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If Qaddafi Falls, What Happens to Libyan Oil? If Qaddafi Falls, What Happens to Libyan Oil? If Qaddafi Falls, What Happens to Libyan Oil? If Qaddafi Falls, What Ha...

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Energy / Energy

If Qaddafi Falls, What Happens to Libyan Oil?

A Libyan rebel stands guard at the entrance to the Zawiya oil refinery near Tripoli on Friday.(FILIPPO MONTEFORTE/AFP/Getty Images)

photo of Olga Belogolova
August 24, 2011

As Libyan rebels continue to hunt for Muammar el-Qaddafi, the future of Libya hangs in the balance. But so does the future of Libyan oil.

Although a victory by rebel forces would remove an oppressive regime, it would simultaneously remove a unifying principle from the highly tribal coalition of rebel forces, and would potentially endanger what in 2010 made up 92 percent of the nation’s government revenues: oil and gas.

“The early days of transition could go well--or not,” said Kevin Book, managing director at ClearView Energy Partners, a Washington-based policy-analysis firm. “If they go poorly, oil infrastructure could be harmed.”

“If ‘Libya-ration’ ends like Iraq's withdrawal from Kuwait in 1991, it will be a Pyrrhic and pyrotechnic victory, bullish for oil and bearish for [President] Obama,” Book told National Journal.“If ‘Libya-ration’ ends like U.S. drawdowns in Iraq, the results could still create an overhang that gooses oil prices up, rather than down.”  

When Iraqi forces withdrew from Kuwait in 1990, they left behind damage to more than 80 percent of Kuwait’s 950 operating oil wells. The most severe damage had been dealt to the production facilities, according to an assessment by the Federation of American Scientists.

In 2010, the U.S. drawdown from Iraq left that country's vast network of oil and gas pipelines vulnerable to damage. Some pipelines were sabotaged, leading to supply disruptions and requiring the burial of some above-ground pipelines to decrease their vulnerability to attack.

It’s not yet clear what damage the six-month uprising has done to Libya’s oil and gas infrastructure, but a post-Qaddafi Libya might not ensure its safety, Book said. “The pipelines will be the most vulnerable point,” should there be significant fighting among rebel factions.

With Libya’s economy reliant on its high-quality oil and gas reserves, the North African nation’s next government undoubtedly will utilize its lucrative natural resources. “Whoever is in power is going to want to bring the [oil] companies back,” Frank Verrastro, senior vice president and director of the Energy and National Security Program at the Center for Strategic and International Studies, told National Journal.

While “just getting Libyans to get along with Libyans” will be one hurdle, another will be to reassure foreign companies that the nation is stable enough for them to resume working in Libya.

Major oil companies from Italy, France, Germany, and Spain have drilling operations in Libya, with 85 percent of the country’s oil and gas going to those countries, according to the International Energy Agency. Those operations were suspended earlier this year when Libya's civil war broke out.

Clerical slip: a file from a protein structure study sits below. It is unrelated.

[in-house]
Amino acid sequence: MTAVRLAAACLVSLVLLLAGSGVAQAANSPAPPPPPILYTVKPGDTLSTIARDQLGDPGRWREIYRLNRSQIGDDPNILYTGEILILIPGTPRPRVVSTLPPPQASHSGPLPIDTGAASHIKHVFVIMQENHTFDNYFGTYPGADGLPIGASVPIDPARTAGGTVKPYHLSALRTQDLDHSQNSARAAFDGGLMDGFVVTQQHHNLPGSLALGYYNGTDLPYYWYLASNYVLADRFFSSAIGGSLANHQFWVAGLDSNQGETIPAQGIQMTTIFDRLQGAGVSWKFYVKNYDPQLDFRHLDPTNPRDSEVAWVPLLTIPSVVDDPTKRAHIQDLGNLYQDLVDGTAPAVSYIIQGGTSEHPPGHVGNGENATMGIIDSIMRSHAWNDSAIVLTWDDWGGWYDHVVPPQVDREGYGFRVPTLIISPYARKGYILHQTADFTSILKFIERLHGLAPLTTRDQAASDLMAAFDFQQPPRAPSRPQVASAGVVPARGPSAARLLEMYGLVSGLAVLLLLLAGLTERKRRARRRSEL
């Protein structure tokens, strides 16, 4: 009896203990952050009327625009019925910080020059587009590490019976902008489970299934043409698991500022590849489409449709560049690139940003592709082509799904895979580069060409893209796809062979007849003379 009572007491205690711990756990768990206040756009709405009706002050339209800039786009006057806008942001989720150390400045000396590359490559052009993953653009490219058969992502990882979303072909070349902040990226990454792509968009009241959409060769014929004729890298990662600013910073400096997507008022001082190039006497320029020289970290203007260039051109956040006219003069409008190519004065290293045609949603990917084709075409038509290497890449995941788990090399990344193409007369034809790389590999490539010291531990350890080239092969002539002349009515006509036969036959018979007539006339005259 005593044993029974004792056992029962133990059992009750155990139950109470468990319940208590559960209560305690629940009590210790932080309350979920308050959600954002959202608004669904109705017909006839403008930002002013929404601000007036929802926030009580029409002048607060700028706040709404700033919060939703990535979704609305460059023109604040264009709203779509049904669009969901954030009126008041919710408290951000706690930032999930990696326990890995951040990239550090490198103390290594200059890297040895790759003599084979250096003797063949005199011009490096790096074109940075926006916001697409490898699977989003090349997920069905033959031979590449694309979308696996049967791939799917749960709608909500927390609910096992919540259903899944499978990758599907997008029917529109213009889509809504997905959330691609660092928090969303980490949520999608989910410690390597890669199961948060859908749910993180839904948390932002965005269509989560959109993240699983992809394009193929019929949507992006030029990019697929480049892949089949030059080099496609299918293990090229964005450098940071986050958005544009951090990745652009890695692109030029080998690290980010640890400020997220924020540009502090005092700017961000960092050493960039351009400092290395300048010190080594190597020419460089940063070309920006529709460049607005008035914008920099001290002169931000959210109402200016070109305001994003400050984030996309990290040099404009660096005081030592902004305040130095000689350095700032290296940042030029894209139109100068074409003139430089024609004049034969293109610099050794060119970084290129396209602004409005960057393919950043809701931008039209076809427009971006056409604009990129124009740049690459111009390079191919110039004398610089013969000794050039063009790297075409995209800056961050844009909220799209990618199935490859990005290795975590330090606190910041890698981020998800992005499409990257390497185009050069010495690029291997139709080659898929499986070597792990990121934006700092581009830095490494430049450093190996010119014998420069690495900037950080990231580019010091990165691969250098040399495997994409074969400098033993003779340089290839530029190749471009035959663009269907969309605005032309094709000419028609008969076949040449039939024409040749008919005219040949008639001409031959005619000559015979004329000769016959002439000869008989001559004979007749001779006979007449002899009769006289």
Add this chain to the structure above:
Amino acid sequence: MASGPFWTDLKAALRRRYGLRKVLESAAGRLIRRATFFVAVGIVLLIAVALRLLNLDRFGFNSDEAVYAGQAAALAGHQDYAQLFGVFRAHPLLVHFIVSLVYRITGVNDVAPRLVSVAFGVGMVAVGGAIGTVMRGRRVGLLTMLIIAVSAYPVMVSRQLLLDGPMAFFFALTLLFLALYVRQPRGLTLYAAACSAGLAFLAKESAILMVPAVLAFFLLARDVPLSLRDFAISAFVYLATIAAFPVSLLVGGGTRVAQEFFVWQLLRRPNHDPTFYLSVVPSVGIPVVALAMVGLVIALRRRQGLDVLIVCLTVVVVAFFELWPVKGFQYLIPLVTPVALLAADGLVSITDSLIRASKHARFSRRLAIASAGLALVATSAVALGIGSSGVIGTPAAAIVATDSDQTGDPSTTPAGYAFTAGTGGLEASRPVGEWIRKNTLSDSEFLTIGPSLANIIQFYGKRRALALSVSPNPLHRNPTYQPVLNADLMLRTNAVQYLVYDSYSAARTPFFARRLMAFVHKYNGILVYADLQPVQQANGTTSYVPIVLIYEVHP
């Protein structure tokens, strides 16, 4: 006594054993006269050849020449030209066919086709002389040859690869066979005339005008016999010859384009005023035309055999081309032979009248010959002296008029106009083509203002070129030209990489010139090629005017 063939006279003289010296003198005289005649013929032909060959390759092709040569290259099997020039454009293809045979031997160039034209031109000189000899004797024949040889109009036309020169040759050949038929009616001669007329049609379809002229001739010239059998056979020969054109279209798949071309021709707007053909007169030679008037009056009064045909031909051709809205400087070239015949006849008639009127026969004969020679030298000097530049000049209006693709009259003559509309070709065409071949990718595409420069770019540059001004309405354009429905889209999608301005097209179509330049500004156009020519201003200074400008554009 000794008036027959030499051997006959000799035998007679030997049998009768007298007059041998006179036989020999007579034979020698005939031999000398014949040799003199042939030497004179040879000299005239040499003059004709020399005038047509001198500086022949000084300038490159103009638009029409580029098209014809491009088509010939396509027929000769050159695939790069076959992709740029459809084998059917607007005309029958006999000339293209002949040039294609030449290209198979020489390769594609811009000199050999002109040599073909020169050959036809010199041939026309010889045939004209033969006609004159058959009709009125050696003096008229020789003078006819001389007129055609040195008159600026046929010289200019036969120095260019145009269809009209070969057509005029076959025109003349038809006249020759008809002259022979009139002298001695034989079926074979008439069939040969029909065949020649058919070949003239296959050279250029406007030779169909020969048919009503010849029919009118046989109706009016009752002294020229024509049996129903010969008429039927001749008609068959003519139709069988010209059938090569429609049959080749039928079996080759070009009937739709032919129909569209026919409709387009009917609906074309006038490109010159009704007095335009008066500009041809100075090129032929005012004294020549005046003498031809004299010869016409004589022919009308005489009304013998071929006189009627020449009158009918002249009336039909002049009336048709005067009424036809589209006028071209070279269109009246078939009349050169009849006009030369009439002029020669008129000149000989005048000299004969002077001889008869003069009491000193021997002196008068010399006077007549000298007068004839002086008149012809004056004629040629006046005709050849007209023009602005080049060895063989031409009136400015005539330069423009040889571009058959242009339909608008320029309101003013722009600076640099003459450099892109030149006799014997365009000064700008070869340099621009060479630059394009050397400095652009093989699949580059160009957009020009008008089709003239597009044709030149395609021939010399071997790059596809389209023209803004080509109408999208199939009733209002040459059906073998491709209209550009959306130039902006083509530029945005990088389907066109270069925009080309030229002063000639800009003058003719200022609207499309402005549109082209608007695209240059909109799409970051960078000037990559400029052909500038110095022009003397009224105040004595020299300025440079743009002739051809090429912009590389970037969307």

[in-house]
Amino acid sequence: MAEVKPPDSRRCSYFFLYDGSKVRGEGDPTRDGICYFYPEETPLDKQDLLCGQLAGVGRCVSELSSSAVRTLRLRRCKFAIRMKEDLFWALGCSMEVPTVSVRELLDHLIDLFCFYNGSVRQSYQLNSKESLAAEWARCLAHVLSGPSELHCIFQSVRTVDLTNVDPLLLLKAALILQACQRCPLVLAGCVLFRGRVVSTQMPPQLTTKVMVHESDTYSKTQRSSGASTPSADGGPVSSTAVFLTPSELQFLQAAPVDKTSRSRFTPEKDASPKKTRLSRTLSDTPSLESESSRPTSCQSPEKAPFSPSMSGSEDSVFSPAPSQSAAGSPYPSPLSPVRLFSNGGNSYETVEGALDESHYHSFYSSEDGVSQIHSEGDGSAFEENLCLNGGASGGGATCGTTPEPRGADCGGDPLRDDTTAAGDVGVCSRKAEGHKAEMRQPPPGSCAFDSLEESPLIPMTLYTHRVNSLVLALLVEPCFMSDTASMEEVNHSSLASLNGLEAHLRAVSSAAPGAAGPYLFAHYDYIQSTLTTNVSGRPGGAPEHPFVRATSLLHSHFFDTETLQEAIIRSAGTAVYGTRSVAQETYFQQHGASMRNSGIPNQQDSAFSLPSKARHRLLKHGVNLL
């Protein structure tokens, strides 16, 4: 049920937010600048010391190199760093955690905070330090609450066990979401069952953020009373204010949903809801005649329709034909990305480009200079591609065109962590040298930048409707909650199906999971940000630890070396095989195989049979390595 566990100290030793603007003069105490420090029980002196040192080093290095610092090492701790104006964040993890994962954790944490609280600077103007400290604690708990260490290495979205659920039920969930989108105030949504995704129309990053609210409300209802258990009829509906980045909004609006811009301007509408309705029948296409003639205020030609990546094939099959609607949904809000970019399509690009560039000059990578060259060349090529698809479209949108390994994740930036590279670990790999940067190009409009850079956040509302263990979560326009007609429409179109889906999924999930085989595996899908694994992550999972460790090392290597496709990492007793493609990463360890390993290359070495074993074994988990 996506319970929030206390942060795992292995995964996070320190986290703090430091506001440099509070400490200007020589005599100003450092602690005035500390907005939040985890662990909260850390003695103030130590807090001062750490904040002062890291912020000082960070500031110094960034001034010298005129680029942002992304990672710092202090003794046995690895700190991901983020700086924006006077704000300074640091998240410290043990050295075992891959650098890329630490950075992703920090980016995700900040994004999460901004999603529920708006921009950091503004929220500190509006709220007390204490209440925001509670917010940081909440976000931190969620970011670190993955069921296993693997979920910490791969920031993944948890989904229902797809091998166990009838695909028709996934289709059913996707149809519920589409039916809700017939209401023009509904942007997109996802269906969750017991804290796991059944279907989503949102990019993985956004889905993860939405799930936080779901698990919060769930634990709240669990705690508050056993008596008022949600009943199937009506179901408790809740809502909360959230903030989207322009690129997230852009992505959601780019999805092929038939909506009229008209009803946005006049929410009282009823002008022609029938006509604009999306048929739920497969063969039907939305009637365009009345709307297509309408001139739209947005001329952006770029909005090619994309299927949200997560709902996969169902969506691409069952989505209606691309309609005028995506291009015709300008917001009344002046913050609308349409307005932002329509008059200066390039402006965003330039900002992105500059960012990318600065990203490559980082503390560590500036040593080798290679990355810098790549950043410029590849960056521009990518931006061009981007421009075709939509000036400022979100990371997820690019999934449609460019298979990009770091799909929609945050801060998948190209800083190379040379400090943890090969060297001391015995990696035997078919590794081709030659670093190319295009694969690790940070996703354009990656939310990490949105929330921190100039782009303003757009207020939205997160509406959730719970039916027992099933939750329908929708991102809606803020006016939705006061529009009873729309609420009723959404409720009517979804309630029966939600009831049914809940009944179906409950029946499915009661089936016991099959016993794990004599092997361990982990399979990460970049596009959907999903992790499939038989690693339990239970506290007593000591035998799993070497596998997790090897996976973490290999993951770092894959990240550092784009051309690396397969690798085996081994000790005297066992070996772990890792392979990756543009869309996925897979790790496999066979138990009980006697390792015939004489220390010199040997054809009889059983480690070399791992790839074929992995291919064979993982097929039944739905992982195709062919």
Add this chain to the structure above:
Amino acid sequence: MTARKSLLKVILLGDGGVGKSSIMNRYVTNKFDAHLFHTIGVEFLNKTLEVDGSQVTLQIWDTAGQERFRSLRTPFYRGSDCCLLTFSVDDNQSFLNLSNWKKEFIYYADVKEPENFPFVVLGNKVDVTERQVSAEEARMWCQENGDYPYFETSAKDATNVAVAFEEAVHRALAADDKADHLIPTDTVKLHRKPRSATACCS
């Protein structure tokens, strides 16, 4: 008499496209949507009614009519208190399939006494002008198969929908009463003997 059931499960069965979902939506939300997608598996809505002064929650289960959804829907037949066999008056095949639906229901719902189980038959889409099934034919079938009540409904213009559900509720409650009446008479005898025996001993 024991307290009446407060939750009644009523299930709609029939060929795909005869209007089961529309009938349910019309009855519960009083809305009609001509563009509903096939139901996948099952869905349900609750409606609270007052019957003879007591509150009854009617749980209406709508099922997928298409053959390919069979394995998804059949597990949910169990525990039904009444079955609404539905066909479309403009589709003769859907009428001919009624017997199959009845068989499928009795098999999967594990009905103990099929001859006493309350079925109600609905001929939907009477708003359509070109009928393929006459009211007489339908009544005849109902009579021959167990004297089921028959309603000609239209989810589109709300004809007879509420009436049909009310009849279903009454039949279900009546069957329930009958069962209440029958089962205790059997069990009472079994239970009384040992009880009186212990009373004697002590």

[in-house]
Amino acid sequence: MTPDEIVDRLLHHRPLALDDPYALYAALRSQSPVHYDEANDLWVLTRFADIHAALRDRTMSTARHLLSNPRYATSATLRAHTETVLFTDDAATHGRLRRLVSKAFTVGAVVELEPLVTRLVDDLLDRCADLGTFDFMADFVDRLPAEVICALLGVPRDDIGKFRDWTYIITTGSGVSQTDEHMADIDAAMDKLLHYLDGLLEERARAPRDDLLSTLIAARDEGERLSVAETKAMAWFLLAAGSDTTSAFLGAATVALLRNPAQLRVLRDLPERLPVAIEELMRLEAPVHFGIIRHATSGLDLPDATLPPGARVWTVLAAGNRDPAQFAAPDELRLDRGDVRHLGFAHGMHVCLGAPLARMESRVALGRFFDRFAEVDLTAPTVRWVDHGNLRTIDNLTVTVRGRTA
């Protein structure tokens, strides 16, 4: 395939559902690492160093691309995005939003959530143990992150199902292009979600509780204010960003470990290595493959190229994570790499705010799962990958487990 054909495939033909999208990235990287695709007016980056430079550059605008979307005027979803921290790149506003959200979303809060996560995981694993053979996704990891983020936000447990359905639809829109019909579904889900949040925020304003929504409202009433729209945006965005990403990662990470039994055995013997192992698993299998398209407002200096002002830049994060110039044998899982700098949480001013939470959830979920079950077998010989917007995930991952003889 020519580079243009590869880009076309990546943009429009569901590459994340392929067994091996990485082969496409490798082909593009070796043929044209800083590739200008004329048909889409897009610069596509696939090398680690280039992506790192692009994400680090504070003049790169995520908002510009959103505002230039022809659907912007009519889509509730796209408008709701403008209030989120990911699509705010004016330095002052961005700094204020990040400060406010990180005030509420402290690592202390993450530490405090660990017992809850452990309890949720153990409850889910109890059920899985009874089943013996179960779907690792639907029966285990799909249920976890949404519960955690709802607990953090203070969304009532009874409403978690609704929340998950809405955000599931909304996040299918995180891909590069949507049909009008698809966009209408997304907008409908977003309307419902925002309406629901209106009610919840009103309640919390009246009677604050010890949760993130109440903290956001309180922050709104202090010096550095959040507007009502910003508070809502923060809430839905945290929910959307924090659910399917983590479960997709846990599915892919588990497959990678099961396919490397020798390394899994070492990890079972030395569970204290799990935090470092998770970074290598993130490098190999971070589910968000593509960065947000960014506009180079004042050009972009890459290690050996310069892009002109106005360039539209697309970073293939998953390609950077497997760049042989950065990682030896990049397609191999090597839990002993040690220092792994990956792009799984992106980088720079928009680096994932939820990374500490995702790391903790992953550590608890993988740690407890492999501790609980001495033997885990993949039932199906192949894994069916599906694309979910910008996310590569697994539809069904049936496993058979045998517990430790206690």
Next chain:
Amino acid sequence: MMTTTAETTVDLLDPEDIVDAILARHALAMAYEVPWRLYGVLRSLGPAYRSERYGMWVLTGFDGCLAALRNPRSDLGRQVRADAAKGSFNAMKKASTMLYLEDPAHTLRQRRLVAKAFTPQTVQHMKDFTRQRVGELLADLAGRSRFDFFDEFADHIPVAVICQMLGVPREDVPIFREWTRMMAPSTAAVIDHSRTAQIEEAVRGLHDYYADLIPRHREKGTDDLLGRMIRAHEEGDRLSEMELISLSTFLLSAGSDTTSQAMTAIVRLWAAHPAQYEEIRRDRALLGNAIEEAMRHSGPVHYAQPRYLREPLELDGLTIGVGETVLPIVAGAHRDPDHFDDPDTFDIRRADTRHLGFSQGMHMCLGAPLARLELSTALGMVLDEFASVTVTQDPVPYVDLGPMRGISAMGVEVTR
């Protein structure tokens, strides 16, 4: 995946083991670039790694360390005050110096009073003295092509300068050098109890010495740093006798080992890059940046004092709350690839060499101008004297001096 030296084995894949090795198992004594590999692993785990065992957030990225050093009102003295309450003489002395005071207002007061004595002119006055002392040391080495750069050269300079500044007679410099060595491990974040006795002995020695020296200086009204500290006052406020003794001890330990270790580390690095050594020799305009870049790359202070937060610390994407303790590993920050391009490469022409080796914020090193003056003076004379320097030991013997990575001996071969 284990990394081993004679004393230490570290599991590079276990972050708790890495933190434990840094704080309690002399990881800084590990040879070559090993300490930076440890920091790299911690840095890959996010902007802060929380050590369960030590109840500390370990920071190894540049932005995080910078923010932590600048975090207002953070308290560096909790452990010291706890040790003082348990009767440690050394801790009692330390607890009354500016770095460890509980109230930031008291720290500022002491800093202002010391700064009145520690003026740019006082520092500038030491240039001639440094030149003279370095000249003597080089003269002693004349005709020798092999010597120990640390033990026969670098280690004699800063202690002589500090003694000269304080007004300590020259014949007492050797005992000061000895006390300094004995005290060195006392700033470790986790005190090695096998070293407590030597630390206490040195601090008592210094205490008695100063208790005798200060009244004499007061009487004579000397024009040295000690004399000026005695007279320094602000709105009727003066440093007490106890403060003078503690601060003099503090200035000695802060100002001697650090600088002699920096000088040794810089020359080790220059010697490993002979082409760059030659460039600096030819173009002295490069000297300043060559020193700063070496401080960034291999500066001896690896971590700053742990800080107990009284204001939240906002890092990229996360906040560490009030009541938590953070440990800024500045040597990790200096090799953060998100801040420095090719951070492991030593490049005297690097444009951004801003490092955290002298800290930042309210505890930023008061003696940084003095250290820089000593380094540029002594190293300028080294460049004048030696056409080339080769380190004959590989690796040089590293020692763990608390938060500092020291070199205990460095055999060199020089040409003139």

Italian oil company Eni SpA, the largest foreign producer in Libya, and other firms will be asking themselves: “Is this a place you can send people to work?” Book said. Thirteen percent of Eni SpA’s revenue came from Libya before the conflict began in February. In July, the company cut its full-year production target because of the disruption in Libya.

 

Energy consultant Wood MacKenzie said this week that even after hostilities end, it could take three years for Libyan oil production to return to pre-conflict levels.  But others are more optimistic.  

Verrastro predicted that Libyan production could come back up by 400,000 to 500,000 barrels a day within six months.

And Samuel Ciszuk, senior Middle East and North Africa energy analyst with IHS Energy, said that barring any serious damage to infrastructure--and assuming some degree of political stability--Libyan production could be up to 1.2 million barrels a day by this time next year. Depending on policies and infrastructure, the country could potentially produce 250,000 to 300,000 barrels a day within three months, he added. “It will surely ease a lot of the worries” over crude supply, Ciszuk said.

Before February, Libya exported about 1.6 million barrels of oil a day. While that's only about 2 percent of the world's oil production and a virtual pin drop compared with production from its 11 partners in the Organization of Petroleum Exporting Countries, the value of Libya's oil lies in its quality, not its quantity.

Libyan oil is referred to as “sweet” crude oil, which can be used with very little refinement.

Most oil from Saudi Arabia and other countries is of a lesser quality. It costs more for U.S. refineries, among the most advanced in the world, to turn that oil into gasoline, while some European and Asian refineries are not even equipped to refine the “sour” lower quality crude.

“Libya’s oil is oil that refineries today can use today,” Book explained.

That makes European and Asian markets much more reliant on the high-quality crude coming from countries such as Libya, Nigeria, and Algeria. With Libya almost entirely out of the equation for the time being, refiners in Europe end up turning to Nigeria and Algeria, putting them in direct competition with the U.S., which gets most of its sweet crude from those two countries. 

That’s why Libyan oil production--or lack thereof--can have such a disproportionate effect on international gas prices. As companies shut down production and evacuated staff in Libya and markets feared the spread of unrest in the region in February, world oil prices hit their highest levels since 2008.

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